A 'mini-Katrina' flooded parts of New Orleans. - Grist


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weathering the storm

A ‘mini-Katrina’ flooded parts of New Orleans.

Nearly 10 inches of rain fell in one neighborhood on Saturday during a rainstorm so severe that it would occur less than once in 100 years, assuming a stable climate.

Eight of city’s major drainage pumps were not working during the event and the officials who originally claimed the canals and pumps had operated as expected are resigning*. Since much of New Orleans is below sea level, every inch of rainwater that falls has to be pumped to higher ground. A warming atmosphere can hold more water vapor, making deluges like this more common.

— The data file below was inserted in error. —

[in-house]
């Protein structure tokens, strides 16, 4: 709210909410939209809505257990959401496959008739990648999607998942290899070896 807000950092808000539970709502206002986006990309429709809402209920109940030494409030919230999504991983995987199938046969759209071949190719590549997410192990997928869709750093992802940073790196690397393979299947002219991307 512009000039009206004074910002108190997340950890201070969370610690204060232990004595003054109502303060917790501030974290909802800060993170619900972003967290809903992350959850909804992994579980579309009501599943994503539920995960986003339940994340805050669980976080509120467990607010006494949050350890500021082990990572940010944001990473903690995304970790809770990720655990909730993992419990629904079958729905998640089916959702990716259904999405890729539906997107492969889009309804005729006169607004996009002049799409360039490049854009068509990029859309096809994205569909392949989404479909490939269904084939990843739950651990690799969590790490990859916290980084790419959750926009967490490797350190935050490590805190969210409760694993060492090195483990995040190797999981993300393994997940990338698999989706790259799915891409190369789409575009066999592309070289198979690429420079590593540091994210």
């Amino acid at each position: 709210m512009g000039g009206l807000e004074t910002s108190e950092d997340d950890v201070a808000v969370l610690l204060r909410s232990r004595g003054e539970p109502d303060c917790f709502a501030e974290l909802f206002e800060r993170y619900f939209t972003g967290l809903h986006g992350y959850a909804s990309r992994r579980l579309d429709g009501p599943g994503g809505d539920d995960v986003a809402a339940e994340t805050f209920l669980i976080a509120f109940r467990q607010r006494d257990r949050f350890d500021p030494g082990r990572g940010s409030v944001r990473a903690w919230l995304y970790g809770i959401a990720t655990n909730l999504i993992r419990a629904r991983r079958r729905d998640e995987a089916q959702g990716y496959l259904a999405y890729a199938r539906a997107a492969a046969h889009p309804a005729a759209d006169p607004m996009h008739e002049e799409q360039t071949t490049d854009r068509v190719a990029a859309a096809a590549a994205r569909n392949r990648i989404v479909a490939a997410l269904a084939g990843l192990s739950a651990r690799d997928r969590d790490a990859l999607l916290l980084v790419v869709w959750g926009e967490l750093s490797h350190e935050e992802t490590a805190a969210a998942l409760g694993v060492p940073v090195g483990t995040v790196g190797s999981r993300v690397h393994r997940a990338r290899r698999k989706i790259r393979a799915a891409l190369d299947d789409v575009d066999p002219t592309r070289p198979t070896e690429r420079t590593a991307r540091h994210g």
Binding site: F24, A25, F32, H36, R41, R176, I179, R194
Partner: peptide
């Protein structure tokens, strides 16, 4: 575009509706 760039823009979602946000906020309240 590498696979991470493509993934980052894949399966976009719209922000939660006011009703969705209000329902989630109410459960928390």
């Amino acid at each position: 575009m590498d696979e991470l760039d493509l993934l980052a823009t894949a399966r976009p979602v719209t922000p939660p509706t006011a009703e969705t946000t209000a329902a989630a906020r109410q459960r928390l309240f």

Throughout the city came stories of impromptu water rescues, traveling by canoe, and millions of dollars worth of damage. During the height of the flood, residents took refuge on porches and watched debris float by. Famous jazz trumpeter Kermit Ruffins floated beer by boat to help residents cope. It took more than 48 hours for the city to tow flooded cars in order to reopen access to Interstate 10. Recovery could take months in the hardest hit areas.

*This story was updated to reflect the news on city officials and broken pumps.